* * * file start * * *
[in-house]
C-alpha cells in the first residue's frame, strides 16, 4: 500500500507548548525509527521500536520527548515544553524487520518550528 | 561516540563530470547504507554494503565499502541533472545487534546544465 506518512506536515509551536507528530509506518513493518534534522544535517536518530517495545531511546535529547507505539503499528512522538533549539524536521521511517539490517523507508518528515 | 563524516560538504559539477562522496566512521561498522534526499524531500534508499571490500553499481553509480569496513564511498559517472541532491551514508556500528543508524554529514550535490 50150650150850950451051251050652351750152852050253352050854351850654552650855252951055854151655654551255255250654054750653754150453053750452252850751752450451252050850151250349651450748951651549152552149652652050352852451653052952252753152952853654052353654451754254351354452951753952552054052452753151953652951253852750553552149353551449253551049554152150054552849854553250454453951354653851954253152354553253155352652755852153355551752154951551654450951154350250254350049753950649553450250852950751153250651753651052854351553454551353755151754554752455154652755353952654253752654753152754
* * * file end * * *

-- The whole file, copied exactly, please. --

[in-house]
C-alpha cells in the first residue's frame, strides 16, 4: 500500500507548548525509527521500536520527548515544553524487520518550528 | 561516540563530470547504507554494503565499502541533472545487534546544465 506518512506536515509551536507528530509506518513493518534534522544535517536518530517495545531511546535529547507505539503499528512522538533549539524536521521511517539490517523507508518528515 | 563524516560538504559539477562522496566512521561498522534526499524531500534508499571490500553499481553509480569496513564511498559517472541532491551514508556500528543508524554529514550535490 50150650150850950451051251050652351750152852050253352050854351850654552650855252951055854151655654551255255250654054750653754150453053750452252850751752450451252050850151250349651450748951651549152552149652652050352852451653052952252753152952853654052353654451754254351354452951753952552054052452753151953652951253852750553552149353551449253551049554152150054552849854553250454453951354653851954253152354553253155352652755852153355551752154951551654450951154350250254350049753950649553450250852950751153250651753651052854351553454551353755151754554752455154652755353952654253752654753152754